the Facebook coin (Libra) ; applications in the energy sector related to the smart energy grid,
aggregating multiple energy resources, and more broadly in the Internet of Things (IoT) receive
increasing attention. There is a clear (over)proliferation and fragmentation of cryptocurrencies,
crypto-exchanges, and trading platforms. Here, a speculation is put forward that the future may
bring their closer integration, leading to the emergence of a marketplace more closely resembling, in
terms of its statistical features, the established currency Forex market.
2. Data Specification and Properties
The data set used in the present study consists of the exchange rates reflecting the actual
trade involving the Bitcoin (BTC), Ethereum (ETH), Euro (EUR) and US dollar (USD). On this
basis, the following six exchange rates are defined: BTC/USD, BTC/EUR, ETH/USD, ETH/EUR,
BTC/ETH, together with the EUR/USD, herein taken as a standard benchmark. Since 1 July 2016,
all cryptocurrency transactions are tracked at a frequency of ∆t = 10 s, with the resulting time-series
being recorded by Kraken, which is the world’s largest Euro-to-Bitcoin exchange. Operating
since September 2013 as one of the longest-trading, continuously-running Bitcoin exchanges, it has
branches in Canada, the EU, and the US. Supported fiat pairs include the CAD, EUR, and USD. Notable
supported cryptocurrencies encompass the BTC, ETH, LTC, BCH, XRP, XMR, DASH, XLM, DOGE, EOS,
ICN, GNO, MLN, REP, USDT, ZEC, ADA and QTUM, allowing both fiat-to-crypto and crypto-to-crypto
trades. In the present study, the four most liquid pairs, namely BTC/EUR, BTC/USD, ETH/EUR,
Future Internet 2019, 
ETH/USD, and the most liquid crypto-to-crypto pair, BTC/ETH, are considered. The Kraken API
allowed seamless access to tick-by-tick data.
The data were collected until 31 December 2018. The EUR/USD exchange rate is considered at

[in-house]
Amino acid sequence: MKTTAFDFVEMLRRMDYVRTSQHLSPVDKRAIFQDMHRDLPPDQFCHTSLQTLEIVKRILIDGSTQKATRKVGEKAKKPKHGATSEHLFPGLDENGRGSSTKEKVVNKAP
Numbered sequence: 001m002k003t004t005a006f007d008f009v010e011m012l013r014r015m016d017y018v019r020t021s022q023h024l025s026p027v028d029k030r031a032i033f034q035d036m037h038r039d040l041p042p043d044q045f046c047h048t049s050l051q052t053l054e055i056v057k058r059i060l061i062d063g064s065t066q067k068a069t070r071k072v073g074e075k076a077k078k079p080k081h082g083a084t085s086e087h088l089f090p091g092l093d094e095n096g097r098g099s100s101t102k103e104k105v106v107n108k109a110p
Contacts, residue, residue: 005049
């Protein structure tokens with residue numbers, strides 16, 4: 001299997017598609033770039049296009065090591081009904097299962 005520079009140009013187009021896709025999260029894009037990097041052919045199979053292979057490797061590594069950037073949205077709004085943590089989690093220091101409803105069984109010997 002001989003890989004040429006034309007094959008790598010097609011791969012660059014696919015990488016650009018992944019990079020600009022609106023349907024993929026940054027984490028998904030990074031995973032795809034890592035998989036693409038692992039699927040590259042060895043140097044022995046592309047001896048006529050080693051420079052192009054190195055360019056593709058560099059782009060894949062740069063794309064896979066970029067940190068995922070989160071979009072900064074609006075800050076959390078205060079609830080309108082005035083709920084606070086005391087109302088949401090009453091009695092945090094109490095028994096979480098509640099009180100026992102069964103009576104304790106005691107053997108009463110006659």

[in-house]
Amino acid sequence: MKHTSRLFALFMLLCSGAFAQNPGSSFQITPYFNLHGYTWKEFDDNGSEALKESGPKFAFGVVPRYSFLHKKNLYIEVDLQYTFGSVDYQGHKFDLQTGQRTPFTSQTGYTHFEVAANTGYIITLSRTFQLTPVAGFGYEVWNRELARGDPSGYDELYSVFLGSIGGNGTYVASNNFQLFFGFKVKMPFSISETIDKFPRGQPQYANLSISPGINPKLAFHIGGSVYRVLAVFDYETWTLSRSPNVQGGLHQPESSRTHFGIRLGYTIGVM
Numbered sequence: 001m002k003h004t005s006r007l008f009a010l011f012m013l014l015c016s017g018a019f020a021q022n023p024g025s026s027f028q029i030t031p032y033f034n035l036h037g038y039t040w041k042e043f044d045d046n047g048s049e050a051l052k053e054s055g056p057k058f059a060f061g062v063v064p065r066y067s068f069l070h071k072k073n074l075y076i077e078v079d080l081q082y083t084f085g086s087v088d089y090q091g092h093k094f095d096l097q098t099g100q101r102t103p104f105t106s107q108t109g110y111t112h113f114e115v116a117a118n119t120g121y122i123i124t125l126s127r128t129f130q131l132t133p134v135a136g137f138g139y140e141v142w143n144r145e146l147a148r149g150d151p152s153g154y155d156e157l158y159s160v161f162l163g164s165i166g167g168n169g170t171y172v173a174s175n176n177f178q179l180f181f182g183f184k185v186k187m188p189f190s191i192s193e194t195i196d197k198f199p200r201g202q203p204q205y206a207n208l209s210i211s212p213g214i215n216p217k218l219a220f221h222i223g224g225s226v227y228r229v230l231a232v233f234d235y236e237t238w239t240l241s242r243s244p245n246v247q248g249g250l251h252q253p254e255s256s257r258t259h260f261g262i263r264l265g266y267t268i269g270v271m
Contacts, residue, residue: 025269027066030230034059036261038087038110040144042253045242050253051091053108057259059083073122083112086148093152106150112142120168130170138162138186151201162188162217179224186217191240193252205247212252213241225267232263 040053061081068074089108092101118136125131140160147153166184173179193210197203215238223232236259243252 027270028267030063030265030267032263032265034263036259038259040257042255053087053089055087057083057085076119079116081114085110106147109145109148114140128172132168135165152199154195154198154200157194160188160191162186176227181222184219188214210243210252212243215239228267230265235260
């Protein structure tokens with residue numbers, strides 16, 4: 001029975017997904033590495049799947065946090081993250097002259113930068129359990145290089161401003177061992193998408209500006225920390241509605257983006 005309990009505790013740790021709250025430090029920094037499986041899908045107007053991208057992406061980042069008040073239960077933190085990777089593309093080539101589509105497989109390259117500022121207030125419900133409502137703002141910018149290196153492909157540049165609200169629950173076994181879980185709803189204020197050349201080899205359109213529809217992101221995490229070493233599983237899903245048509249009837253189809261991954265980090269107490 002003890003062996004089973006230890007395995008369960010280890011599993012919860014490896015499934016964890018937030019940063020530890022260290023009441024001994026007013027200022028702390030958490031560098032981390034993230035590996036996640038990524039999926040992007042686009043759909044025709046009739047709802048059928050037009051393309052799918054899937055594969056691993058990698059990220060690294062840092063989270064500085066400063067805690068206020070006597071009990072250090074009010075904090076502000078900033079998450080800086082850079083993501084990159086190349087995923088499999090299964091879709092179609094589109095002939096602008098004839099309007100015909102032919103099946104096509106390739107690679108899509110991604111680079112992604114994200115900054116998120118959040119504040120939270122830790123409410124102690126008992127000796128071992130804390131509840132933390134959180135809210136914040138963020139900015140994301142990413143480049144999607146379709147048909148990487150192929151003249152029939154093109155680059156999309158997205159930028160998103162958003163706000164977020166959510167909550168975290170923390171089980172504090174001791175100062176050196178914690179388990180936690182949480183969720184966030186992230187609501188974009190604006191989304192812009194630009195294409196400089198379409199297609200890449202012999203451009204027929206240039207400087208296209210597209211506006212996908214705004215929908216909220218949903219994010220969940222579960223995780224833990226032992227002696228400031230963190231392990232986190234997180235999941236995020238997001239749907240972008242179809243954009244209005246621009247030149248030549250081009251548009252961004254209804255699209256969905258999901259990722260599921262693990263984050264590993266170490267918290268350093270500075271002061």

the same ∆t = 10 s frequency, and within the same period of time but, due to Forex market trading
specifications, without weekends (the Forex does not operate between Friday 10 p.m. UTC and Sunday
10 p.m. UTC), as recorded by the Swiss forex bank Dukascopy [28]. Charts illustrating the time
variation of these six exchange rates over the time-span under consideration are shown in Figure 1.
Exchange rate logarithm
Figure 1. (Color online) Logarithm of the exchange rates BTC/EUR, BTC/USD, ETH/EUR, ETH/USD,
BTC/ETH and EUR/USD over the period between 1 July 2016 and 31 December 2018. For improved
visibility, the EUR/USD exchange rate was magnified by a factor of 100.
In the corresponding logarithmic returns, one has r∆t = log(p(t + ∆t)) − log(p(t)), where ∆t
stands for the returns’ time-lag gaps, and where and the time intervals during which some instruments
were not traded have been removed (7 May 2017 22.30–23.45—DDoS attack on ETH/USD, 6.40 11
January 2018–14.30 13 January 2018 Kraken maintenance shutdown). Thus, the series of returns from
Kraken comprise approximately N = 7.6 million observations for each of the considered time-series
involving the BTC and ETH. For EUR/USD, there are about 5.6 million observations.
Volatility clustering, a phenomenon reflecting the fact that large fluctuations tend to be followed by
large fluctuations, of either sign, and small fluctuations tend to be followed by small fluctuations [29],
is considered to be among the most characteristic financial stylized facts [5]. Such an effect is clearly
seen in Figure 2, which shows the time-variation of the moduli of logarithmic returns for all six
exchange rates under consideration. Remarkably, however, as demonstrated by the consecutive
magnifications in the EUR/USD panel, the average time-span of the corresponding clusters in all
the cases involving either the BTC or the ETH is about one order of magnitude longer than for the
EUR/USD rate. In the former case, one can recognize about three high-low volatility cycles within
the corresponding monthly insets of Figure 2, whereas in the latter case, five such

How do you rate this article?



Garçons blond au yeux bleu avec plein de tache de rousseur.


welcome here we will talk about crypto-currency

Send a $0.01 microtip in crypto to the author, and earn yourself as you read!

20% to author / 80% to me.
We pay the tips from our rewards pool.